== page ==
One of Canada’s most respected artists, Dorothy Knowles was born in Unity, Saskatchewan in 1927 and grew up on a farm overlooking a prairie valley. Initially Knowles had no plans to become a painter, and studied biology at the University of Saskatchewan in Saskatoon.
At the time of her graduation in 1948, a friend persuaded her to enrol in a six-week summer course given by the University of Saskatchewan at Emma Lake. The course was led by artist Reta Cowley from Saskatoon and James Frederick Finley from the Ontario College of Art. Under their guidance, young Dorothy found her talent for art.
Upon her return to Saskatoon, Knowles continued to study painting under Eli Bornstein and Nicholas Bjelejac at the University of Saskatchewan between 1948 and 1952. While taking a summer class at the Banff School in 1952, she decided to study art in England, eventually enrolling in the Goldsmith School of Art in London. She was influenced by the National Gallery, where she particularly admired the works of Piero di Cosimo, Piero della Francesca, Veronese, Ucello, and Renoir.
She married artist William Perehudoff in Paris in 1951, then travelled around Italy and France, exploring the great museums and cathedrals of Europe before returning to Saskatchewan in 1952.
They would eventually have three daughters, Rebecca, Catherine and Carol. Rebecca and Catherine are both landscape artists, and Carol, a writer, also has an Masters in Visual Art.
In the 1960s, Dorothy Knowles attended workshops at the Emma Lake Art Camp led by the American art critic Clement Greenberg (1962), artist Kenneth Noland (1963), Jules Olitski (1964), Lawrence Alloway (1965), and Michael Steiner (1969). All of these workshops had varying degrees of influence on her work, changing her style from a heavy impasto favoured by Greenberg to a more fluid technique preferred by Noland. Most importantly, she discovered the joy of working directly from nature. Thus, weather permitted, she worked out of doors, at times producing finished paintings, at times sketches and photographs which she used in the studio.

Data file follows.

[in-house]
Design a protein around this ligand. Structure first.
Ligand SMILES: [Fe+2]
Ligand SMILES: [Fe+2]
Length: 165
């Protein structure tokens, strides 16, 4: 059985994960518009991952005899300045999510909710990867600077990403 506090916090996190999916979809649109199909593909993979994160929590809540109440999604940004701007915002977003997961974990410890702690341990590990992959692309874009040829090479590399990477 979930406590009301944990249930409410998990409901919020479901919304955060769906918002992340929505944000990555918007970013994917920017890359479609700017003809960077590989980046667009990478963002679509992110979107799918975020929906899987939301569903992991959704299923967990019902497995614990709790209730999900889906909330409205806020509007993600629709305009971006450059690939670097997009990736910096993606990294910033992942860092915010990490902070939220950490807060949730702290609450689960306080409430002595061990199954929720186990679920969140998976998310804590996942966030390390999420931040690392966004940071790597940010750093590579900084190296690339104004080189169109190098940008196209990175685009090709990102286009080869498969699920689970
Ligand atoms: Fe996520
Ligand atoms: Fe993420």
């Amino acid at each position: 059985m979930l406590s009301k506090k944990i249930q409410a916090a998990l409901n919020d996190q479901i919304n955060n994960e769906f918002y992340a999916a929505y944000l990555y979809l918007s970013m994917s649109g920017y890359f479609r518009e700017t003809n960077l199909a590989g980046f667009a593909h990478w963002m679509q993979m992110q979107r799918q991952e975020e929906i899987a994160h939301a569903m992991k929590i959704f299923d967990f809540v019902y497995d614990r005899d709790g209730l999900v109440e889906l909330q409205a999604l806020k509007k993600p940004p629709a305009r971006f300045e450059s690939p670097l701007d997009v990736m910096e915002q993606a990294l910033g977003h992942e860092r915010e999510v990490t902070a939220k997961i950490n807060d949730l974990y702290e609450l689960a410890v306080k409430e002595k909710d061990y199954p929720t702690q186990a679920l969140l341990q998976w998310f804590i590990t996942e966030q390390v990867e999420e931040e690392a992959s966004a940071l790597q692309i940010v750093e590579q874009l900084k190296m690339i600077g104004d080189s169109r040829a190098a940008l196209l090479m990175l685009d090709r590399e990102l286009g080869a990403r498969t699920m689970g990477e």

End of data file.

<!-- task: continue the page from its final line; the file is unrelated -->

Dorothy was once asked what five factors she believed were vital for a good life. She responded, “I guess my five have been painting, painting, painting, painting, and painting.” (quote source: www.mcmichael.com)
– Press –
Arabella Magazine, Spring 2013
“Reviews”, Galleries West Magazine, December 2011
“Reviews”, Galleries West Magazine, December 2008
“At 79, Watercolour Artist Keeps Finding New Ways to Paint”, Edmonton Journal, January 26, 2007
“Visual Hearts: William Perehudoff and Dorothy Knowles”, Galleries West Magazine, August 2003
“Qu’Appelle: Tale of Two Valleys”, Border Crossings, November 2002
“Clem’s Cache”, Art in America, November 2001
“Celebrating a Full Garden of Delights—Anniversary Exhibit for Gifted Painter Dorothy Knowles”, Edmonton Journal,October 17, 2000
“Knowles’ Landscape Unique in Diversity”, StarPhoenix, May 20, 2000
– Publications –
Landmarks: The Art of Dorothy Knowles by Terry Fenton, Saskatchewan Publisher’s Group, 2008
Carte Blanche: Volume 2, Painting by The Magenta Foundation, Toronto 2008
Canadian Who’s Who by Elizabeth Lumley, 2005
Canadian Art: Beginnings to 2000 by Ann Newlands, Firefly Books, 2000
Dorothy Knowles: Selected Public and Corporate Collections
Art Gallery of Alberta
Art Gallery of Hamilton
Art Gallery of Nova Scotia
Art Gallery of Ontario
Art Gallery of Peterborough
Art Gallery of Windsor
Bank of Commerce
Bank of Montreal
Canada Council Art Bank
Concordia University, Montreal
Confederation Art Center, Charlottetown
Department of External Affairs, Government of Canada
Dominion Foundries and Steel Ltd.
Dupont Canada Inc.
Glenbow Museum, Calgary
Kenderdine Gallery, University of Saskatchewan
Kitchener Waterloo Art Gallery
MacKenzie Art Gallery
Mendel Art Gallery
Musee d’Art Contemporain, Montreal
Saskatchewan Arts Board
Sun Life Assurance Company of Canada
Toronto Dominion Bank
University of Alberta
University of Calgary
University of Regina
University of Saskatchewan
Vancouver Art Gallery
Willistead Art Gallery of Windsor
Winnipeg Art Gallery